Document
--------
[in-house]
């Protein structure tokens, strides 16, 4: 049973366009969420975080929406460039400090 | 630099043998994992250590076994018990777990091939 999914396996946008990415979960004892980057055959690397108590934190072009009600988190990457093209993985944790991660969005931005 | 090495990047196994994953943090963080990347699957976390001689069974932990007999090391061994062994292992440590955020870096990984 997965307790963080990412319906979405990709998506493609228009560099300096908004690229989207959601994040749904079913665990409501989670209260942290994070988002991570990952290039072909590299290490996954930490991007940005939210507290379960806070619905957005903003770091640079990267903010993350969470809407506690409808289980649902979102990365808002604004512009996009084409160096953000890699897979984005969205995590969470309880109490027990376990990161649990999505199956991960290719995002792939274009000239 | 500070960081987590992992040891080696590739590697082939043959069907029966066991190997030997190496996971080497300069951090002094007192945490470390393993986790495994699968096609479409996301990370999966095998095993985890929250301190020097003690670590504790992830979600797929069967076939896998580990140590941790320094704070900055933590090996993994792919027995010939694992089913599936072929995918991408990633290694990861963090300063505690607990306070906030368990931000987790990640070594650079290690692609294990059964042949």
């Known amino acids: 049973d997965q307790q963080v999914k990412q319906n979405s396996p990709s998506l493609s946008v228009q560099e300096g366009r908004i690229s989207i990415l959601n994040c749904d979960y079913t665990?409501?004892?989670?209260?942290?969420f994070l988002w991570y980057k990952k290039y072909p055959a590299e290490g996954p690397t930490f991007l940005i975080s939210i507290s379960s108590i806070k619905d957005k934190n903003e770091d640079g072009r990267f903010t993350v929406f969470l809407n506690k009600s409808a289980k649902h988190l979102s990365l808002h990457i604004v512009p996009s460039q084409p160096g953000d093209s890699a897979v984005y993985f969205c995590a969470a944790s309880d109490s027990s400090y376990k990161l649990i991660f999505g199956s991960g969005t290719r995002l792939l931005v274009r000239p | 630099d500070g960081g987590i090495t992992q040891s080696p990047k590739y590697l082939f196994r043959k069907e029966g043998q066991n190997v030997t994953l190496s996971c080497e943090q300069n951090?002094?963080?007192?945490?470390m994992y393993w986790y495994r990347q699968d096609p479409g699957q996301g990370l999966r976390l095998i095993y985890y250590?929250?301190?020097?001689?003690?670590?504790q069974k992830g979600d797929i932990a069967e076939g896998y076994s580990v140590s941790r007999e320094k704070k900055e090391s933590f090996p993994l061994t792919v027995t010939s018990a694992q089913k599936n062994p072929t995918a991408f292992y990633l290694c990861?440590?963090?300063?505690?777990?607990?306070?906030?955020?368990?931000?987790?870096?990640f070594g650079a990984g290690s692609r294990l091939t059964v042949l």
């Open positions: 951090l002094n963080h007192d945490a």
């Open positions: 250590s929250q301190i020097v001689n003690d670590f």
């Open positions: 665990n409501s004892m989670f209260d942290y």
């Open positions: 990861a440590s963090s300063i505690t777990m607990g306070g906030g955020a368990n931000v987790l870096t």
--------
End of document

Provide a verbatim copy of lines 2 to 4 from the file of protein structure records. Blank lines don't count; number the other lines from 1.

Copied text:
């Protein structure tokens, strides 16, 4: 049973366009969420975080929406460039400090 | 630099043998994992250590076994018990777990091939 999914396996946008990415979960004892980057055959690397108590934190072009009600988190990457093209993985944790991660969005931005 | 090495990047196994994953943090963080990347699957976390001689069974932990007999090391061994062994292992440590955020870096990984 997965307790963080990412319906979405990709998506493609228009560099300096908004690229989207959601994040749904079913665990409501989670209260942290994070988002991570990952290039072909590299290490996954930490991007940005939210507290379960806070619905957005903003770091640079990267903010993350969470809407506690409808289980649902979102990365808002604004512009996009084409160096953000890699897979984005969205995590969470309880109490027990376990990161649990999505199956991960290719995002792939274009000239 | 500070960081987590992992040891080696590739590697082939043959069907029966066991190997030997190496996971080497300069951090002094007192945490470390393993986790495994699968096609479409996301990370999966095998095993985890929250301190020097003690670590504790992830979600797929069967076939896998580990140590941790320094704070900055933590090996993994792919027995010939694992089913599936072929995918991408990633290694990861963090300063505690607990306070906030368990931000987790990640070594650079290690692609294990059964042949």
């Known amino acids: 049973d997965q307790q963080v999914k990412q319906n979405s396996p990709s998506l493609s946008v228009q560099e300096g366009r908004i690229s989207i990415l959601n994040c749904d979960y079913t665990?409501?004892?989670?209260?942290?969420f994070l988002w991570y980057k990952k290039y072909p055959a590299e290490g996954p690397t930490f991007l940005i975080s939210i507290s379960s108590i806070k619905d957005k934190n903003e770091d640079g072009r990267f903010t993350v929406f969470l809407n506690k009600s409808a289980k649902h988190l979102s990365l808002h990457i604004v512009p996009s460039q084409p160096g953000d093209s890699a897979v984005y993985f969205c995590a969470a944790s309880d109490s027990s400090y376990k990161l649990i991660f999505g199956s991960g969005t290719r995002l792939l931005v274009r000239p | 630099d500070g960081g987590i090495t992992q040891s080696p990047k590739y590697l082939f196994r043959k069907e029966g043998q066991n190997v030997t994953l190496s996971c080497e943090q300069n951090?002094?963080?007192?945490?470390m994992y393993w986790y495994r990347q699968d096609p479409g699957q996301g990370l999966r976390l095998i095993y985890y250590?929250?301190?020097?001689?003690?670590?504790q069974k992830g979600d797929i932990a069967e076939g896998y076994s580990v140590s941790r007999e320094k704070k900055e090391s933590f090996p993994l061994t792919v027995t010939s018990a694992q089913k599936n062994p072929t995918a991408f292992y990633l290694c990861?440590?963090?300063?505690?777990?607990?306070?906030?955020?368990?931000?987790?870096?990640f070594g650079a990984g290690s692609r294990l091939t059964v042949l």
């Open positions: 951090l002094n963080h007192d945490a």